26 Jan 2013

Customer service is alive…

Took me over a year to finally start posting, must be the “new year resolution” effect. Anyway, now that I have started…

 

Most consumers in India, myself included, believe customer service simply doesn’t exist in the country. Rarely do we experience it, probably because most people who get a chance to serve a customer don’t know what it means and most consumers have accepted its absence as something you live with in India. There are, of course, a few exceptions and I met one today.

 

I am on my way for a short international business trip. As per the policy of my employer, they issue the necessary foreign exchange in advance to take care of expenses. For the sake of convenience, I pick it up before departure at the airport. Well… today I forgot. Maybe because I didn’t sleep well last night or maybe because I am taking a flight from Bangalore instead of my home base of Chennai. In any case, I forgot and realized it only after I cleared security. Thanks to increasingly tight (and sometimes downright illogical) security rules, I was told by the inspector there that there was no way I could go back, collect the money and return to the departure area. I thought it made no sense as I would have been checked by the security guys again anyway. But then I was trying to explain logic to a government employee in uniform. Anyway, the only way out was to have an airline staffer escort me through security and bring me back.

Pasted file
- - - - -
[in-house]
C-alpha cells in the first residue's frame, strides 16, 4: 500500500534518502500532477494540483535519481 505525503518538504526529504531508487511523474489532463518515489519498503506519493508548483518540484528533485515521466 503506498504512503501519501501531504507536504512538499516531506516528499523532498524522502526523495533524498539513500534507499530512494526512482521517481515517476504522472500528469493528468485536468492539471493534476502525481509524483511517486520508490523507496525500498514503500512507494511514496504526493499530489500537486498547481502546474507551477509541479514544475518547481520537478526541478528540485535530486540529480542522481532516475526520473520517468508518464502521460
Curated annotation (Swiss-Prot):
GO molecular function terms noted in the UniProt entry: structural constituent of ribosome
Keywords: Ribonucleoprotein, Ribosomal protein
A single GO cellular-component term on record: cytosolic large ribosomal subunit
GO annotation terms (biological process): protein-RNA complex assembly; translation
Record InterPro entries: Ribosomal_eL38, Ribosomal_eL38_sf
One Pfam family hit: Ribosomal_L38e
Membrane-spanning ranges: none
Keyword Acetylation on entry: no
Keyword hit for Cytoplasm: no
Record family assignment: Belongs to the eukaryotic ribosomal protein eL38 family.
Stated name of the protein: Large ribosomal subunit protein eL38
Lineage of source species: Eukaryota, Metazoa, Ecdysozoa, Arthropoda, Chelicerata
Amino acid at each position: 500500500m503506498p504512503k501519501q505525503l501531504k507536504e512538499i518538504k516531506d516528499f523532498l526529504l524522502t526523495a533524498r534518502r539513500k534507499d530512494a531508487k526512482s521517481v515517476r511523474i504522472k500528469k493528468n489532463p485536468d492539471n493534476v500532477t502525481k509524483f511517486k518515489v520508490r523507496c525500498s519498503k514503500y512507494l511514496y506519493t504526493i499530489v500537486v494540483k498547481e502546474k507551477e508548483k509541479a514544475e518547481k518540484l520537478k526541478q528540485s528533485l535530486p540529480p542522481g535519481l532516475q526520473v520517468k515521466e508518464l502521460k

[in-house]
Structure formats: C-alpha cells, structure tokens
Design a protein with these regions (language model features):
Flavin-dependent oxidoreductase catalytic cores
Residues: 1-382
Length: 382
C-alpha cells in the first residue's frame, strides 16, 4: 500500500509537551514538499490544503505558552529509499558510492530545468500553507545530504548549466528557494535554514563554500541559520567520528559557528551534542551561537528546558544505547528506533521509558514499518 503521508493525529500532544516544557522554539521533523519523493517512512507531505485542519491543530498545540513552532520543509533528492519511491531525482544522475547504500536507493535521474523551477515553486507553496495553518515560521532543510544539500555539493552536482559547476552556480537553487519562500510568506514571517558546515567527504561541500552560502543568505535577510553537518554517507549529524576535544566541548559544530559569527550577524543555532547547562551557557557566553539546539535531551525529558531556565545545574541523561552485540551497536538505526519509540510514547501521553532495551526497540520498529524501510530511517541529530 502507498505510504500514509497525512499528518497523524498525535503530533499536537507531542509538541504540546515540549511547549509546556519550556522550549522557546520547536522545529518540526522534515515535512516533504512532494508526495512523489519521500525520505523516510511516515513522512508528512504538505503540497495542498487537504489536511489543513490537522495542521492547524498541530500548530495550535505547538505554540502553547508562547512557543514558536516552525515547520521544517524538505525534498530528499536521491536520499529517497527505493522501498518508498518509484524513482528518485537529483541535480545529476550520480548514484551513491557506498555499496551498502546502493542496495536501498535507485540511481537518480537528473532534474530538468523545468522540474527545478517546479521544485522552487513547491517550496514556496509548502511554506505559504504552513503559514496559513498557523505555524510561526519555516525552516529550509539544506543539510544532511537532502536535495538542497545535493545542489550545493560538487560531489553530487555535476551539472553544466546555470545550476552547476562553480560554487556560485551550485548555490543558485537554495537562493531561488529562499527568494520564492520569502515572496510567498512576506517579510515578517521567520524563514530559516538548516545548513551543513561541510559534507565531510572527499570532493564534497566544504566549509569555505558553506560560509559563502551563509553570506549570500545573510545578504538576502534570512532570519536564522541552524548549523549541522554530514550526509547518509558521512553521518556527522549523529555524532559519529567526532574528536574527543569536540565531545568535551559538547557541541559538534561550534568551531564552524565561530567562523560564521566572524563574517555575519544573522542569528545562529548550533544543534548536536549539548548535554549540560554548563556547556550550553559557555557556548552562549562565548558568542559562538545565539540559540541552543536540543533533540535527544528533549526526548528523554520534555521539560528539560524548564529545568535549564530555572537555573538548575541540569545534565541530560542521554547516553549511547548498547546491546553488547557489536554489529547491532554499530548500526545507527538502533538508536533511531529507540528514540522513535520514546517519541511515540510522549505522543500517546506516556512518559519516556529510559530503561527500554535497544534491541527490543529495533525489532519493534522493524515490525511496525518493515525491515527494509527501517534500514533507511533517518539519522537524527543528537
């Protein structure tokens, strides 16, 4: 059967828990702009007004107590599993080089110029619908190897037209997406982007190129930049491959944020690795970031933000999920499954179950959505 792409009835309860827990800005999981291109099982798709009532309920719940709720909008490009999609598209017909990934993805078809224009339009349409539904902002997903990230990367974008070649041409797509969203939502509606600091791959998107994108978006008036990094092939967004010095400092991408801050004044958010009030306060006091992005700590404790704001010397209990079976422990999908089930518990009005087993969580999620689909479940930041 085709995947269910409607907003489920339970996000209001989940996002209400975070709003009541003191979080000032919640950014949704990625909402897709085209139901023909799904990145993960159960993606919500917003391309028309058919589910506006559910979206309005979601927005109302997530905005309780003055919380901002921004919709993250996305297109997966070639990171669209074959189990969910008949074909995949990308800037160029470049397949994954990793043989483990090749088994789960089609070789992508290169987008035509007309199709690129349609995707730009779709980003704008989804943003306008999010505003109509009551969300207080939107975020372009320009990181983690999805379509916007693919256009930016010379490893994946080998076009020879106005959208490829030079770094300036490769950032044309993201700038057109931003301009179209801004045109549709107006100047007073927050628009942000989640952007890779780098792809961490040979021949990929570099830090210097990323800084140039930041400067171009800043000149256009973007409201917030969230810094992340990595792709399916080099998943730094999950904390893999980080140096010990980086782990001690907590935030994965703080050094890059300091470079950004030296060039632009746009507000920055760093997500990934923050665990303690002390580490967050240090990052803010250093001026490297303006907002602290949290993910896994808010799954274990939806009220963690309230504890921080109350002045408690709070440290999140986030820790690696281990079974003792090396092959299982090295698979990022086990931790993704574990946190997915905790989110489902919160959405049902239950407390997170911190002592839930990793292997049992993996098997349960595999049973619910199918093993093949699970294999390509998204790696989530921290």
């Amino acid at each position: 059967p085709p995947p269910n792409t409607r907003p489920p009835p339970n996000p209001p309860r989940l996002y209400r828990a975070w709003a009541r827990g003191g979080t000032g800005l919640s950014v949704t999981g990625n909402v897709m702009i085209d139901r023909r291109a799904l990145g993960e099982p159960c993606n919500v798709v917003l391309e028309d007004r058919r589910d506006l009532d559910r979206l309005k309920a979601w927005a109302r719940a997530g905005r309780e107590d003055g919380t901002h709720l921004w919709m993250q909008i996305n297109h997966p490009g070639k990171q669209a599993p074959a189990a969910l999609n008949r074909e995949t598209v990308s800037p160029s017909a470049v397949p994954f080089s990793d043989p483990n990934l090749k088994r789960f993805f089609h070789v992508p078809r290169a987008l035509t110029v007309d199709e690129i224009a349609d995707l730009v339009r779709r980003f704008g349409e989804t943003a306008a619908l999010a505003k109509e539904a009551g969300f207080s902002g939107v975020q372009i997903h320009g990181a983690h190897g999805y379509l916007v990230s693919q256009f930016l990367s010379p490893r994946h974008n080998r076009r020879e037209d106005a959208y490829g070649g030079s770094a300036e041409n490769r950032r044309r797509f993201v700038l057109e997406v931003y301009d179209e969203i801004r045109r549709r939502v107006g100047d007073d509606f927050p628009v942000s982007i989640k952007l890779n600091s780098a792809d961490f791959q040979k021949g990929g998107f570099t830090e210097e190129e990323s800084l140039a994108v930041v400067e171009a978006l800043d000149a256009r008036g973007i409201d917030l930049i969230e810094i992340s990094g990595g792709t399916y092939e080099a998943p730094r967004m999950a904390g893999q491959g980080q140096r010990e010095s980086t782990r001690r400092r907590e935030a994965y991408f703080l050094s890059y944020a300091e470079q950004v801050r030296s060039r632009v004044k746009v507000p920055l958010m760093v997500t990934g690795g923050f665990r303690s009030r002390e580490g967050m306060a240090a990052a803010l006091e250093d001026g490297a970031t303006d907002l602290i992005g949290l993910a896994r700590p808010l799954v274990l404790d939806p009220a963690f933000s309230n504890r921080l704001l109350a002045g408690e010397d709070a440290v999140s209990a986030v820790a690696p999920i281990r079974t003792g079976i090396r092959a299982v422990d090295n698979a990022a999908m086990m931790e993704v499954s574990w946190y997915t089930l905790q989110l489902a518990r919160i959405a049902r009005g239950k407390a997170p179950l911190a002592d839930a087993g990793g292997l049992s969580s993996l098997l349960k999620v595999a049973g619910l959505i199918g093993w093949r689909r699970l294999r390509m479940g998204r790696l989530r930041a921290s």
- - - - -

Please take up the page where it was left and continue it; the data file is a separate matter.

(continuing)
I called my contact in Thomas Cook asking him if he could ask his local guy to come through security and hand over the money to me (easier for him as somebody who works at the airport). But because it’s a holiday, they only had one person manning the store.

 

Long story short, I finally found an airline staffer who patiently listened to my story and immediately agreed to help me. Less than 10 minutes later, I was back at the gate. He was helpful throughout in negotiating with the security guys, the immigration check personnel and whoever else needed an explanation. He even offered to carry my bag, which it made it sort of awkward. And then he waited on the other side of security until I cleared it to ensure I don’t encounter any last mile hiccups. I offered to treat him to a coffee at the Café Coffee Day, but he very graciously refused.

 

The intention of starting this blog was to give a voice to the cynic who lives within me. I am happy that I encountered something that not only tempered that cynicism a bit (probably temporarily :-)) but gave me a positive story to kick off posting.

 

Dear Rajeshwar, thanks again!

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